19. In the case of State of Bihar v. Secretariat Asstt. Successful Examinees' Union 1986, (1994) 1 SCC 126 the Bihar State Subordinate Services Selection Board had issued an advertisement in the year 1985 inviting applications for the posts of Assistants falling vacant up to the year 1985-86. The number of vacancies as then existing was announced on 25-8-1987, the examination was held in November 1987 and the result was published only in July 1990. Immediately thereafter out of successful candidates 309 candidates were given appointments and the rest empanelled and made to wait for release of further vacancies. Since the vacancies available uptil 31.12.1988 were not disclosed or communicated to the Board no further appointment could be made. The empanelled candidates, after making an unsuccessful representation to the State Government approached the Patna High Court which directed them to be appointed in vacancies available on the date of publication of the result as well as the vacancies available which had arisen up to 1991. The State appealed against that decision and this 'Court held that the direction given by the High Court for appointment of empanelled candidates according to the merit list against the vacancies till 1991 was not proper and cannot be sustained. This Court further observed that since no examination was held since 1987 persons who became eligible to compete for appointments were denied the opportunity to take the examination and the direction of the High Court would prejudicially affect them for no fault of theirs. However, keeping in view the fact situation of the case this Court upheld the appointments made on the posts falling vacant up to 1988 and quashed the judgment of the High Court which directed the filling up of of the vacancies of 1989, 1990 and 1991 from out of the list of the candidates who had appeared in the examination held in 1987.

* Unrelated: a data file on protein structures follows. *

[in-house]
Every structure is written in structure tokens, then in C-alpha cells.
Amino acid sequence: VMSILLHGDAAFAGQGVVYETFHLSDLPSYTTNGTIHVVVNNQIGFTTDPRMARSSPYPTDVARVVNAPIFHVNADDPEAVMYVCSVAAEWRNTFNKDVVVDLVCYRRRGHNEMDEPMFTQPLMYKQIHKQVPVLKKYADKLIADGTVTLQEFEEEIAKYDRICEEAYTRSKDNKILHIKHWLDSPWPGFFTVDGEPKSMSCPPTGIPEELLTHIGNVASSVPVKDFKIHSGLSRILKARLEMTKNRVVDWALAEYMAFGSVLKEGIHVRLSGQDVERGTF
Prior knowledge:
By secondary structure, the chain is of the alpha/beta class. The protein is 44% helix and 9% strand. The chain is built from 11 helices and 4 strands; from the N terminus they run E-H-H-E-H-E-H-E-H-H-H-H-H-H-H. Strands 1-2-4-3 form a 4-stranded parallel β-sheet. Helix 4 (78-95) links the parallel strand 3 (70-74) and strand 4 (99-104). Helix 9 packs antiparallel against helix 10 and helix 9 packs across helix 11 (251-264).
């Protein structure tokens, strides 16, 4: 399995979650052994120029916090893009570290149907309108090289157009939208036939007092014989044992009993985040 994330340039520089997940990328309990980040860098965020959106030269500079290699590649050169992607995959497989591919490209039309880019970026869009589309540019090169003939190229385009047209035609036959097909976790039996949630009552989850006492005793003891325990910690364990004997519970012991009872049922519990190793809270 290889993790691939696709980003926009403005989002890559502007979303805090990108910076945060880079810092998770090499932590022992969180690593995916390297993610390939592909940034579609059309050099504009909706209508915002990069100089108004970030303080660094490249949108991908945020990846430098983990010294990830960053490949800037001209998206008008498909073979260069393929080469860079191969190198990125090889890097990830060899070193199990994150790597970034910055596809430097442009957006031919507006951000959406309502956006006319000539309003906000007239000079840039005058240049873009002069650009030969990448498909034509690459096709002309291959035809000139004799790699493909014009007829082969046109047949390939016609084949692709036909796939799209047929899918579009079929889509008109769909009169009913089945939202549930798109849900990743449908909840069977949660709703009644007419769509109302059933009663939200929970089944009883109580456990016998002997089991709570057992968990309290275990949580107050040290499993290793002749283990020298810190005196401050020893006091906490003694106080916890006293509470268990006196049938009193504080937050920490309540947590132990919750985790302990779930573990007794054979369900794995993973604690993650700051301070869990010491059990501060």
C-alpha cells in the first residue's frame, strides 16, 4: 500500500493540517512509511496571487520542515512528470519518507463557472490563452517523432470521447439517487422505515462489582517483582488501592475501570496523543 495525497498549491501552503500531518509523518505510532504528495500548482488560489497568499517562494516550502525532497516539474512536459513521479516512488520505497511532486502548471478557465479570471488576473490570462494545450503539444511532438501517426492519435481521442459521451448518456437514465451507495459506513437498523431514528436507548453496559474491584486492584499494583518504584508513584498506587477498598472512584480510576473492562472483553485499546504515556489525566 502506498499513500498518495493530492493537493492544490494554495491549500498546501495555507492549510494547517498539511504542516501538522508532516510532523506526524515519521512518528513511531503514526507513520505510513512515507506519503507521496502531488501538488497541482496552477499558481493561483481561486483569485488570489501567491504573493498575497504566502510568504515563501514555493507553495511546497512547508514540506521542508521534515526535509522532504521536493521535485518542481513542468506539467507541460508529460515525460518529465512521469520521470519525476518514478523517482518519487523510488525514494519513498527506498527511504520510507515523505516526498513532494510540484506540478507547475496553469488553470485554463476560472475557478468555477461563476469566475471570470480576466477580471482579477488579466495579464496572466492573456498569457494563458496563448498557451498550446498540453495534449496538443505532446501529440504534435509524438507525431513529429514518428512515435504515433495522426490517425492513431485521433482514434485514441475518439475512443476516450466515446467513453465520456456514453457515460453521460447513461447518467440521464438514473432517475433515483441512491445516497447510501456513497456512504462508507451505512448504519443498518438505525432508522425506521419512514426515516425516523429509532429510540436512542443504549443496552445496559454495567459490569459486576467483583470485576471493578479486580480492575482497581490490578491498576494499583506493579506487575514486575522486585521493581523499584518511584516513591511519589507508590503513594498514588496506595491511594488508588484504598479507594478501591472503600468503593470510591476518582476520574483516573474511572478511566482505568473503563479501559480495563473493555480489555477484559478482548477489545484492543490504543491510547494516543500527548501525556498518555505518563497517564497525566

25. From the above discussion of the case-law it becomes clear that the selection process by way of requisition and advertisement can be started for clear vacancies and also for anticipated vacancies but not for future vacancies. If the requisition and advertisement are for a certain number of posts only the State cannot make more appointments than the number of posts advertised, even though it might have prepared a select list of more candidates. The State can deviate from the advertisement and make appointments on posts falling vacant thereafter in exceptional circumstances only or in an emergent situation and that too by taking a policy decision in that behalf. Even when filling up of more posts than advertised is challenged the court may not, while exercising its extraordinary jurisdiction, invalidate the excess appointments and may mould the relief in such a manner as to strike a just balance between the interest of the State and the interest of persons seeking public employment. What relief should be granted in such cases would depend upon the facts and circumstances of each case."